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Holder Says It's 'Long Past Time' for D.C. Voting Rights

Holder says there's more work to be done on behalf of voting rights in D.C. (Chris Maddaloni/CQ Roll Call File Photo)

A day after announcing his exit , Attorney General Eric H. Holder Jr. paid lip service to voting rights for residents of the District of Columbia.  

Holder, who previously served as a D.C. Superior Court judge and U.S. Attorney for the District of Columbia, said the Justice Department would continue fighting "until all Americans have equal access to the ballot box," during a speech to the Congressional Black Caucus Foundation.  

"And when I talk about all who want to be heard in the halls of the federal government, I am including the more than 600,000 taxpayers, who, like me — like me, live in the District of Columbia and still have no voting representation in Congress," Holder said Friday.  

"We pay our taxes, we die in the Army, we have a great representative, and we do not have voting rights," he continued. "It is long past time for every citizen to be afforded his or her full responsibilities as well as our full rights."  

Holder did not outline any specific actions he would take on behalf of D.C. as he waits for a successor to be confirmed, but the line drew a big round of applause.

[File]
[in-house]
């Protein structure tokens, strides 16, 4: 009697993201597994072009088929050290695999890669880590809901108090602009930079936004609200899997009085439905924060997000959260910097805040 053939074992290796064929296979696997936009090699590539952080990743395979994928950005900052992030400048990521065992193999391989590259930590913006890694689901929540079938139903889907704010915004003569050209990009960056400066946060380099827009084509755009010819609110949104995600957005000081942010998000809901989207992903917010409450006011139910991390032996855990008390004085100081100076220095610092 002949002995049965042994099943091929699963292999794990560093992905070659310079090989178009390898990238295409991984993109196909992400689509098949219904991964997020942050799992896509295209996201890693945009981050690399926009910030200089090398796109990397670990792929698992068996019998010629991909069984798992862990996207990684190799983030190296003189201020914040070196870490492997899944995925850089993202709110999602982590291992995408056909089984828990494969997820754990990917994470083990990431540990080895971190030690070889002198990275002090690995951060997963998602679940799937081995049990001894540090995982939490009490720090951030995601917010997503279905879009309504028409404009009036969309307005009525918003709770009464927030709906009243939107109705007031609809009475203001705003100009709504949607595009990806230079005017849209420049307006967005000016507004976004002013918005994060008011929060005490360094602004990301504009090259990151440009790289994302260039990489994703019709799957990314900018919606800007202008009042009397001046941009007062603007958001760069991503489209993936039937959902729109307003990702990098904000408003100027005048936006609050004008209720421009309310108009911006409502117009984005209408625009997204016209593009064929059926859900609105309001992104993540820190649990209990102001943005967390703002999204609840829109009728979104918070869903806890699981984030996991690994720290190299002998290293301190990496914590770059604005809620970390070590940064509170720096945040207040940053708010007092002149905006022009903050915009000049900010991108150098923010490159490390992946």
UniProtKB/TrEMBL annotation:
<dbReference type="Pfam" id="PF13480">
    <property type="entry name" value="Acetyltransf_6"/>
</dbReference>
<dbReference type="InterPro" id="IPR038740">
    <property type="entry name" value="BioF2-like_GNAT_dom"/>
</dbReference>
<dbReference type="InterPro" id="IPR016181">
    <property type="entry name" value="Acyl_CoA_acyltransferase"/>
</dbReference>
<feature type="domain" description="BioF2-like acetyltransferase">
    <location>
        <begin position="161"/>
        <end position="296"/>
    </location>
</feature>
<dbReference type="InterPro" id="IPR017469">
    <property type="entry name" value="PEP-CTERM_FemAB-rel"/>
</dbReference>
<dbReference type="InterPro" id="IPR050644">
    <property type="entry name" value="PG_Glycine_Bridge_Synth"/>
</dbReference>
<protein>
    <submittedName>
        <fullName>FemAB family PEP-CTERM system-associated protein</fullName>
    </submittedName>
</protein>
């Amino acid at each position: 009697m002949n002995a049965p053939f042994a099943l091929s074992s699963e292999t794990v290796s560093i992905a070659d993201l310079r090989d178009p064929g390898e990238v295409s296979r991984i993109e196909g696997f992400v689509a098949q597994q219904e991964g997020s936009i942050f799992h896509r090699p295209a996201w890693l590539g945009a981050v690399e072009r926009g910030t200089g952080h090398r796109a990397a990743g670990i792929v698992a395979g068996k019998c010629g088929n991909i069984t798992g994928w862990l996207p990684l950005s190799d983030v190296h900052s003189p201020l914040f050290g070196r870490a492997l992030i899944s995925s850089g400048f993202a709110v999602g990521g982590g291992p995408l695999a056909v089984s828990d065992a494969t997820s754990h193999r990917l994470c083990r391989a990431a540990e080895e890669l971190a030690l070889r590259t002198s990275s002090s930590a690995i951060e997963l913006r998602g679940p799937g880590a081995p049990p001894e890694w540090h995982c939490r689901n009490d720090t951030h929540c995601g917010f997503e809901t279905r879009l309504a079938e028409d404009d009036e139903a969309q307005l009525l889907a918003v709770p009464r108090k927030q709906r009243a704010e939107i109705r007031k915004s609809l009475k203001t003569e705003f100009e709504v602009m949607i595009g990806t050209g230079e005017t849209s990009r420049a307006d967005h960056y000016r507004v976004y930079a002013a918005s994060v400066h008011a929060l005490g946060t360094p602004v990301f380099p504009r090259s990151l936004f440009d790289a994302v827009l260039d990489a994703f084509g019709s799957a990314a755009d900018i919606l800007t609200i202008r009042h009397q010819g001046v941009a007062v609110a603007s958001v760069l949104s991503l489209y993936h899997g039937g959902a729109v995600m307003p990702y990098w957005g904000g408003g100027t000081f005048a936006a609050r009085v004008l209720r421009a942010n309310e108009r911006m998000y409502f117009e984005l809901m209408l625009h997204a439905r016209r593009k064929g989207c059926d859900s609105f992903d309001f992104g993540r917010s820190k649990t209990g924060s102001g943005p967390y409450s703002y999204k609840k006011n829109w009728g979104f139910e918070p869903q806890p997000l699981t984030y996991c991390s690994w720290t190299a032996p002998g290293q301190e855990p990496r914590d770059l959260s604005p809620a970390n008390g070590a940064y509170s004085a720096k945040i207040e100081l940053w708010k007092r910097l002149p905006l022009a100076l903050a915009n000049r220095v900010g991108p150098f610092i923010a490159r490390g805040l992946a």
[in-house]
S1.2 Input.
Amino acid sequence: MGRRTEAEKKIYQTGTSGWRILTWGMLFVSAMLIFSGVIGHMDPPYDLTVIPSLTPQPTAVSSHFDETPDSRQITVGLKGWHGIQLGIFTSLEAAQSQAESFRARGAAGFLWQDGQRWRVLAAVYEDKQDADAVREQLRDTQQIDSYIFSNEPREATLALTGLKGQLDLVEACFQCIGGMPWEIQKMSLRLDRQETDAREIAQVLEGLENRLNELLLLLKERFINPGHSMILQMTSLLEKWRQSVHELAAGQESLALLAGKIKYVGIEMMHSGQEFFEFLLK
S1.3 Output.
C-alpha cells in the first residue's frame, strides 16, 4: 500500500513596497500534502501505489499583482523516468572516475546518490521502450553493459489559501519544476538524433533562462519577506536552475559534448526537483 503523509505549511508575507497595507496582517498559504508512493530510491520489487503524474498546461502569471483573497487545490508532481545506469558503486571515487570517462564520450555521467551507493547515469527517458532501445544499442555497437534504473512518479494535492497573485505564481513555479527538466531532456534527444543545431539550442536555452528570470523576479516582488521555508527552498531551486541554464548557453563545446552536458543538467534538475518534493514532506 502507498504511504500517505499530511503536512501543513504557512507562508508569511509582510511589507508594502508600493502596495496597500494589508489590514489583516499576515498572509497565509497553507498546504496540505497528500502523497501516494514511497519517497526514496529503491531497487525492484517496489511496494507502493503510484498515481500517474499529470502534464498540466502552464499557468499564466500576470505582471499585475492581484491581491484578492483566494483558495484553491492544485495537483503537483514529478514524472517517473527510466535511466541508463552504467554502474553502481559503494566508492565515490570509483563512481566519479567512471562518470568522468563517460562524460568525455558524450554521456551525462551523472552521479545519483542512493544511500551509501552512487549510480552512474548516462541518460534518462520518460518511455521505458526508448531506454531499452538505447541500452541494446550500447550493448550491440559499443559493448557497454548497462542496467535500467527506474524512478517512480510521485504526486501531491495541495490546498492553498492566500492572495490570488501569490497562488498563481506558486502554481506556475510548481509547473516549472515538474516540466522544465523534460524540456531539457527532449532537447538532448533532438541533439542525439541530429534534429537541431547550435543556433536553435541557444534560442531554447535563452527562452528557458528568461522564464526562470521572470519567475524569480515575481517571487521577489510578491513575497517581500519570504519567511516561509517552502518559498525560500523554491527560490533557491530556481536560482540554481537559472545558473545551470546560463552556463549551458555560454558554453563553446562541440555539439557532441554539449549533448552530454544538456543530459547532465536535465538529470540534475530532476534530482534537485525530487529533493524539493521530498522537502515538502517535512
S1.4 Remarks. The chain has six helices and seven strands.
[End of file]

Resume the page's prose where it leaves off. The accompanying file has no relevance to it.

During the speech, the nation's first black attorney general reminisced about his earliest encounter with the CBC. Holder said he attended a caucus dinner with his aunt when he was a young lawyer "during my first days here in Washington, D.C."  

The New York City native moved to the District after graduating from Columbia Law School in 1976. He was assigned to the newly formed Public Integrity Section. In 1988, President Ronald Reagan nominated Holder to become an associate judge of the Superior Court of the District of Columbia. Five years later, Del. Eleanor Holmes Norton, D-D.C., recommended him to the Clinton administration to serve as the District's top attorney.  

Norton was among the Democrats congratulating Holder on six years of "outstanding work," saying D.C. residents were especially proud of his tenure.  

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